Book end?

1f8645b7-2e0e-419b-a8e2-d7649491039d

Editor's Picks
 A perfect place for your Fighter to rest his little fins — the Betta Bed Leaf Hammock.
Gear Post
Review: Betta Bed Leaf Hammock
21 November 2017
 Just look at that little face... No wonder then, that so many fishkeepers find these little puffers so hard to resist.
Features Post
Join the puffer fish fan club!
28 September 2017
 Special care needs to be taken when catching Pictus catfish and other species with spines.
Features Post
Travels with your fish
03 August 2017

Are fishkeeping books a thing of the past, asks forum moderator Bob Mehen.

I was flicking through my collection of books on fishkeeping, when a thought suddenly struck me – are books really the best way of communicating knowledge and advice in the hobby today?

When I started keeping fish in a serious way in the mid 1980s, there were three main ways of learning new information on techniques and fish species. You either read a book, joined a club, or went to your local shop and asked the large man with a beard behind the counter, (all shop owners in the 1980s seemed to fit this description).

Now this being the 21st century, things have changed, (although possibly not the large man with a beard).

The most obvious one of these being the advent of the internet and websites and forums like the ones run and hosted by Practical Fishkeeping. This is undoubtedly the most dynamic area for expanding your knowledge – there are a host of websites out there – and as long as you read the more reputable ones then the advice tends to be up-to-date, and well researched.

The problem with books is the fast changing nature of the hobby today. I haven't been involved with writing or publishing books, but I imagine that it isn't a quick process - you'll need to pitch the idea, write out the draft, sort out the pictures and layout etc.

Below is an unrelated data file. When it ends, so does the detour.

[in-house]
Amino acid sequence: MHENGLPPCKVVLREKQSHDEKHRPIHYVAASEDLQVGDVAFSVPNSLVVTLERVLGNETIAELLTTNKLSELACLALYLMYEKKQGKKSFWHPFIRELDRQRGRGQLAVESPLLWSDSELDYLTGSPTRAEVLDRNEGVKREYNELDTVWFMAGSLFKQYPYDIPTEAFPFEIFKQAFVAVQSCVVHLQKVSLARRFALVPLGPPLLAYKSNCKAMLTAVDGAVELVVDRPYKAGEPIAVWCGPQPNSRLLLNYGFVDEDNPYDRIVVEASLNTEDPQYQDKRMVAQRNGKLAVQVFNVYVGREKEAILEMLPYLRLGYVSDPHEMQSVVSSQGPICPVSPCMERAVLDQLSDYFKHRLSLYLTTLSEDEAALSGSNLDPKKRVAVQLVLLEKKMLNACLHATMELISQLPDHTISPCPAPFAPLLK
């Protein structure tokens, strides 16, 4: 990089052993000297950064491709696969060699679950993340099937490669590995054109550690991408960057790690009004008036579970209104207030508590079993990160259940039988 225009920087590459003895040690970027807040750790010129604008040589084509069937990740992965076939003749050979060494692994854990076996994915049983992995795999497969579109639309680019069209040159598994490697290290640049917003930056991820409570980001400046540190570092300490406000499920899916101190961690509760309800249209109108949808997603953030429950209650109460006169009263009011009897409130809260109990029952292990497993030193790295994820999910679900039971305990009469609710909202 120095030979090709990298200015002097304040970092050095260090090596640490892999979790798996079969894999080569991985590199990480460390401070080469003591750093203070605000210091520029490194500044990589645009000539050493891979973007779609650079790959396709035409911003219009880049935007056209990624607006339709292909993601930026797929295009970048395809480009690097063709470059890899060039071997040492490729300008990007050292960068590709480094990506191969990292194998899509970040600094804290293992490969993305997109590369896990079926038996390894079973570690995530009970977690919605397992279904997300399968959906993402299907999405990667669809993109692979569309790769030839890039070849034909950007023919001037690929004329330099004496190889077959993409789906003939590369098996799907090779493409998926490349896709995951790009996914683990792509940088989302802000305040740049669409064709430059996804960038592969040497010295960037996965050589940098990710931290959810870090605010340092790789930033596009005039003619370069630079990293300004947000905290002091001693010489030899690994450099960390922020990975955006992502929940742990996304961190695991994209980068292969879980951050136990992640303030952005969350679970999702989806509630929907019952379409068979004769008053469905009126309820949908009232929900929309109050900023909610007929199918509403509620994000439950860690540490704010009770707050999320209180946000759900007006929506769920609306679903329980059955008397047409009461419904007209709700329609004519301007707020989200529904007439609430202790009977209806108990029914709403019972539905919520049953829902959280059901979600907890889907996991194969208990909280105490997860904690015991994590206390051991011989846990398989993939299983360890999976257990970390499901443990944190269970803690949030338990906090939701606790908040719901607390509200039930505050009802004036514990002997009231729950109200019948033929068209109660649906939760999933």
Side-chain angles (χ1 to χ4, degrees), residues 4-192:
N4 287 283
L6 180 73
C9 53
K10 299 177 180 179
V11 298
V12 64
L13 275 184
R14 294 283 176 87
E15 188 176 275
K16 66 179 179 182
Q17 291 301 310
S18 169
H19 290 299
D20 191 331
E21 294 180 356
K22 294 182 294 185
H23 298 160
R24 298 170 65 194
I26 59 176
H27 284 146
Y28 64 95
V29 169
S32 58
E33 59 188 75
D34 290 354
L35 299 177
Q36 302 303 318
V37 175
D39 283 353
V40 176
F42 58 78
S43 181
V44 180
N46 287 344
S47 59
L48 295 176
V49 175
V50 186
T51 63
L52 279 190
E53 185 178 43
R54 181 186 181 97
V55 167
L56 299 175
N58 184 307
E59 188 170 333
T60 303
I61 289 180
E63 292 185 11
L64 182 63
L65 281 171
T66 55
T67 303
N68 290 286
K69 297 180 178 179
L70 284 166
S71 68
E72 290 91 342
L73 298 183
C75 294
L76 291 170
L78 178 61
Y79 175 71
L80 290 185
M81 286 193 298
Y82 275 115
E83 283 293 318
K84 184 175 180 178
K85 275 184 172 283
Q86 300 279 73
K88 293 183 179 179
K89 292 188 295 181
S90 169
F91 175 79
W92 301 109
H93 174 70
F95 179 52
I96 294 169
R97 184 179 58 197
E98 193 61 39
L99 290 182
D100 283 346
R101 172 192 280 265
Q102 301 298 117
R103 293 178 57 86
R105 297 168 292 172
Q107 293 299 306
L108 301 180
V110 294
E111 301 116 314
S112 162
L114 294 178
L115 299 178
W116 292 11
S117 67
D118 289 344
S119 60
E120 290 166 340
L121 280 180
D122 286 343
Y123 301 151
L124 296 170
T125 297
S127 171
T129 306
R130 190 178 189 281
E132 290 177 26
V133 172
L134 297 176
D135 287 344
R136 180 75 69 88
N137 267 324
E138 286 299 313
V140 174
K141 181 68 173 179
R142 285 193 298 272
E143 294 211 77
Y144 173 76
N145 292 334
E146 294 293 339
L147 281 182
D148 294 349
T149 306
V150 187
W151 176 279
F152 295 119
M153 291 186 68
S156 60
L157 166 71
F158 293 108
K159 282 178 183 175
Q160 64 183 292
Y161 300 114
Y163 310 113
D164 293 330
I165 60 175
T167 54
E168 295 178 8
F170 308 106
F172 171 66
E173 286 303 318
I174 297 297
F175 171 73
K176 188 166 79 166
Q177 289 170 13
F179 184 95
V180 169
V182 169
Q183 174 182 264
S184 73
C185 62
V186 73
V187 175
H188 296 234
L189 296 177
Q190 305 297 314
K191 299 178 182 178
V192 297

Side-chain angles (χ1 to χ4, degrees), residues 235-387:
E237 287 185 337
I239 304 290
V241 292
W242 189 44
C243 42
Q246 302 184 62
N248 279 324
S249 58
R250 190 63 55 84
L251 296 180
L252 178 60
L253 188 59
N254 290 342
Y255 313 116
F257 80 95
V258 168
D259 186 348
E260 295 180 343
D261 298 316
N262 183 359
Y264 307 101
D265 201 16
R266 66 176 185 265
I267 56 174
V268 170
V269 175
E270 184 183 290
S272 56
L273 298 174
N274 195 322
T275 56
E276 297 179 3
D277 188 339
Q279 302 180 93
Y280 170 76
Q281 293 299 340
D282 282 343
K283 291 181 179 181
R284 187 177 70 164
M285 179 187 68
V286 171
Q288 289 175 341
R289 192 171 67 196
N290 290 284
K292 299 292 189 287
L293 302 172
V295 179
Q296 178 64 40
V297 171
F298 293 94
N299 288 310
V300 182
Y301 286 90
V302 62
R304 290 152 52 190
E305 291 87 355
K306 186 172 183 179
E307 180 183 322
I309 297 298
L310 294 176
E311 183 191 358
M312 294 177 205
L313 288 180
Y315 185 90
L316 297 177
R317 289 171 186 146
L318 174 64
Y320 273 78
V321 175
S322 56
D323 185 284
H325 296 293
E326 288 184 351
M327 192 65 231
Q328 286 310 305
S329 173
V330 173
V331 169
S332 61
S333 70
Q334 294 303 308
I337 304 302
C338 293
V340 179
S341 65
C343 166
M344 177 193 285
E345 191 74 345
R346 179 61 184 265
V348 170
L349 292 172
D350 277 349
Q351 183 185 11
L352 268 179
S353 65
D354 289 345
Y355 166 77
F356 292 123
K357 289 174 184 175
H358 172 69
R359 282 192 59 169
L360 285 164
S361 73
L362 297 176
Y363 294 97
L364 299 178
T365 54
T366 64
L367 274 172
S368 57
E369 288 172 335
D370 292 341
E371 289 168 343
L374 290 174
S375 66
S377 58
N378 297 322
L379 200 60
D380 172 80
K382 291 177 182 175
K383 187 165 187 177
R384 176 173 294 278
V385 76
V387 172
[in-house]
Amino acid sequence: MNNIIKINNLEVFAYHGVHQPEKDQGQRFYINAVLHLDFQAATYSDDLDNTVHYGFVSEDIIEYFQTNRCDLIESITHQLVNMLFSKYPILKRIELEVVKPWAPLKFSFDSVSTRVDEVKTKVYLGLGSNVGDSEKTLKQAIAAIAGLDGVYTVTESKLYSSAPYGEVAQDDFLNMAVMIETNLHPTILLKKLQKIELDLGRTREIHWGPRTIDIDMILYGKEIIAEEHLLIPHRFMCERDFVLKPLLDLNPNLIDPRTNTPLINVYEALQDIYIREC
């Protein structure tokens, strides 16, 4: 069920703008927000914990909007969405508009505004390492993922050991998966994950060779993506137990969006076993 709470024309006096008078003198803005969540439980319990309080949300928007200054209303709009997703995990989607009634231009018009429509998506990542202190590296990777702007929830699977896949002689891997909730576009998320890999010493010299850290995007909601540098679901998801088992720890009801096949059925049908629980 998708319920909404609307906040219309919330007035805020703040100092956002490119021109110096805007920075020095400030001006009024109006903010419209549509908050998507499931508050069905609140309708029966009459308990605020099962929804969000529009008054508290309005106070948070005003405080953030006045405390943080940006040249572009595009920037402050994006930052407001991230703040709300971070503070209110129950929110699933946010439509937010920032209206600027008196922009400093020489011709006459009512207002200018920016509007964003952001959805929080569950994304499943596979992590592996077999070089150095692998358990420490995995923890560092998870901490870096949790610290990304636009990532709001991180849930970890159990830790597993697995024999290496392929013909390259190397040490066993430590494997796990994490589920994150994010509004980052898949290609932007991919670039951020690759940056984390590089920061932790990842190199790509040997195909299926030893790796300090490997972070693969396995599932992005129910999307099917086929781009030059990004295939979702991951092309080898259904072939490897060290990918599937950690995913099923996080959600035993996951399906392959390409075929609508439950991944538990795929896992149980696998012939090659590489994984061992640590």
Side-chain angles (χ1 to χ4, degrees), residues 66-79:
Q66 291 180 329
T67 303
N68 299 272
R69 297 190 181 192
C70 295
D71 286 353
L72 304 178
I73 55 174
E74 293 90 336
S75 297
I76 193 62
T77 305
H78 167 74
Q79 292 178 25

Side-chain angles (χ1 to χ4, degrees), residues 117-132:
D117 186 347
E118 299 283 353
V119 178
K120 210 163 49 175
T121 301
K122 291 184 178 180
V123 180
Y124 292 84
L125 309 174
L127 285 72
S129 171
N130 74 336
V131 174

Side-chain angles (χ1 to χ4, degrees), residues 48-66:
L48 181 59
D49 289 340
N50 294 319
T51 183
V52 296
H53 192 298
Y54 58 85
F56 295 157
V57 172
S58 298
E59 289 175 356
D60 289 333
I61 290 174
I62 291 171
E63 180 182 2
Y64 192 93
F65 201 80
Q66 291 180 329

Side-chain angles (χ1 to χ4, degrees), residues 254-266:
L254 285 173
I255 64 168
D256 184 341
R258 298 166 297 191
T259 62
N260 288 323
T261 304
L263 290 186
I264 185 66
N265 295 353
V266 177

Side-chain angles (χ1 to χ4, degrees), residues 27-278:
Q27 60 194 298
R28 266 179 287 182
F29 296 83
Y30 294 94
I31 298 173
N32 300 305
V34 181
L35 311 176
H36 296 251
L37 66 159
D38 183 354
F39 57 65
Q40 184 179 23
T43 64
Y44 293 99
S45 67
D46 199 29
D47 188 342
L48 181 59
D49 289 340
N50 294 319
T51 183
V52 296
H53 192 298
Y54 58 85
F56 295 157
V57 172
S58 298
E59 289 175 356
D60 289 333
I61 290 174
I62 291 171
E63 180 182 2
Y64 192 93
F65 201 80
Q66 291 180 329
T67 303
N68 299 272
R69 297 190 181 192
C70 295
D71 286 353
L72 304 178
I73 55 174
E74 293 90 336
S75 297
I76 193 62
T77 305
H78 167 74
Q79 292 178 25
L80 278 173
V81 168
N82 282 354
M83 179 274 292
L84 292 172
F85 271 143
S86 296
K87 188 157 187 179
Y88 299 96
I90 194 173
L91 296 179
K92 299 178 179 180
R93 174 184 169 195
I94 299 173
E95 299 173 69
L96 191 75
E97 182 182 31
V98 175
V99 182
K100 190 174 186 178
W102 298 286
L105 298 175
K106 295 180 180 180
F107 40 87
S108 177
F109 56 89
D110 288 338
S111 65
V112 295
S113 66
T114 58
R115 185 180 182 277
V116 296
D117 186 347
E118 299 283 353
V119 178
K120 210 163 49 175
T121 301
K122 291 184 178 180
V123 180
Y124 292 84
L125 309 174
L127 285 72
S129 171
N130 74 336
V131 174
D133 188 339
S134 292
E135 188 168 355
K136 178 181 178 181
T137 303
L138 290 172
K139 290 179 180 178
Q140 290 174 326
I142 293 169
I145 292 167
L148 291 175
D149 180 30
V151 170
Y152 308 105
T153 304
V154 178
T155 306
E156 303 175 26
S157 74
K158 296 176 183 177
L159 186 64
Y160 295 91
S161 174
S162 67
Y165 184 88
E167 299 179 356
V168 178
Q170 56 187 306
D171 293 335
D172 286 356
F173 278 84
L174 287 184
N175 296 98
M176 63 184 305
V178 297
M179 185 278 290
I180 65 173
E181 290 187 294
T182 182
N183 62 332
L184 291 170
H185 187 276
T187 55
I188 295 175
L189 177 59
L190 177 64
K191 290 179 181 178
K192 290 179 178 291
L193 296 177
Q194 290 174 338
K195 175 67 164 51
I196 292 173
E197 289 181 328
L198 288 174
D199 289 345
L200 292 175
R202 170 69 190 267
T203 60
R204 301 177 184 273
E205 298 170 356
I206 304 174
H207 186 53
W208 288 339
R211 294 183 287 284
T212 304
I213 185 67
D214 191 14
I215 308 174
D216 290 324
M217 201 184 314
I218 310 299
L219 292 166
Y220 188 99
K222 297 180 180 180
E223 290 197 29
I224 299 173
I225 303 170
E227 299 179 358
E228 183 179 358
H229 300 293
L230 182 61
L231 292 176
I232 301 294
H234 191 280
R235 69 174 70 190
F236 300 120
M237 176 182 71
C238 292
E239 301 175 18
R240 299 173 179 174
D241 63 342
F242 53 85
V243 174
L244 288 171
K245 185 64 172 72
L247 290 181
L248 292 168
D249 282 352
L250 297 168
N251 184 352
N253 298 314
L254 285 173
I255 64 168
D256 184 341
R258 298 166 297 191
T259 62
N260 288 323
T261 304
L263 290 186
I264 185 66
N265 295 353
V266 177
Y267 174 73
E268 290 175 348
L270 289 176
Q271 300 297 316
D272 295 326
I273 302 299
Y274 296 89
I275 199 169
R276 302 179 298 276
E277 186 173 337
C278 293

All this must take some time, and it wouldn't surprise me in the slightest if by the time the book has finally been published that some facts will be out of date.

Take taxonomy for instance - with new DNA techniques, re-classification of already described species seems an almost daily occurrence, so just as you get used to your Corydoras, you discover that in fact you're keeping Scleromystax (pictured above).

This is where magazines and the internet become ever more important. They are able to keep pace with this change, where as a book released just a year ago can appear terribly dated.

The techniques and technology of the hobby seem to be changing faster than ever as well, particularly in the areas of marine and planted aquaria where new ideas seem to be as fertile as the substrate in one of George Farmer's tanks.

I have several books published in the last five years which show things such as undergravel filters, canister filters which appear to have been cobbled together from old buckets and gaffer tape at home and go to great lengths to describe cycling your tank with hardy fish.

Although the basics of keeping many fish are the same as they ever were, and the main point of all the technology we employ is to keep the water as stable and clean as possible, the means by which we achieve this have changed dramatically.

Reefs have gone form externals, to wet and dry filters, to live rock 'Berlin' method, sumps, algal refugiums, deep sand beds and Miracle Mud, ULNS – who knows where it'll go next? One thing that seems certain is by the time the book is published to describe this 'new' method it'll already be the 'old' way!

With clubs disappearing at an alarming rate, and reliable information on the internet and in monthly magazines so easily and cheaply available, are books on the hobby increasingly a thing of the past?